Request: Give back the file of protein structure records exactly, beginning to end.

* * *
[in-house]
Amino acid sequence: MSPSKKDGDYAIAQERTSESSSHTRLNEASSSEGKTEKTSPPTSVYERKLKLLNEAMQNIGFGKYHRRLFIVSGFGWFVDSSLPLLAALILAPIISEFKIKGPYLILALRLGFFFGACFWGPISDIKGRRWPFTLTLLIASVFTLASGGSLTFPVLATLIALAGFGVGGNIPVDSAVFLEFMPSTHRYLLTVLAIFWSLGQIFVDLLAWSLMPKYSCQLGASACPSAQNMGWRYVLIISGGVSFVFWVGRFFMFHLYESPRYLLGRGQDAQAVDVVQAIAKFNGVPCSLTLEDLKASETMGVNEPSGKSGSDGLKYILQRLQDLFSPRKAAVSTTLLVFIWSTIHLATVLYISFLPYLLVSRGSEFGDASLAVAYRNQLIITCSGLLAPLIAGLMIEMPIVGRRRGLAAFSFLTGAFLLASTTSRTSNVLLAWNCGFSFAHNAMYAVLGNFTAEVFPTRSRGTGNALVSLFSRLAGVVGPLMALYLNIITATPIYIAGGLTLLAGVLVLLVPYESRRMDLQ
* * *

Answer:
[in-house]
Amino acid sequence: MSPSKKDGDYAIAQERTSESSSHTRLNEASSSEGKTEKTSPPTSVYERKLKLLNEAMQNIGFGKYHRRLFIVSGFGWFVDSSLPLLAALILAPIISEFKIKGPYLILALRLGFFFGACFWGPISDIKGRRWPFTLTLLIASVFTLASGGSLTFPVLATLIALAGFGVGGNIPVDSAVFLEFMPSTHRYLLTVLAIFWSLGQIFVDLLAWSLMPKYSCQLGASACPSAQNMGWRYVLIISGGVSFVFWVGRFFMFHLYESPRYLLGRGQDAQAVDVVQAIAKFNGVPCSLTLEDLKASETMGVNEPSGKSGSDGLKYILQRLQDLFSPRKAAVSTTLLVFIWSTIHLATVLYISFLPYLLVSRGSEFGDASLAVAYRNQLIITCSGLLAPLIAGLMIEMPIVGRRRGLAAFSFLTGAFLLASTTSRTSNVLLAWNCGFSFAHNAMYAVLGNFTAEVFPTRSRGTGNALVSLFSRLAGVVGPLMALYLNIITATPIYIAGGLTLLAGVLVLLVPYESRRMDLQ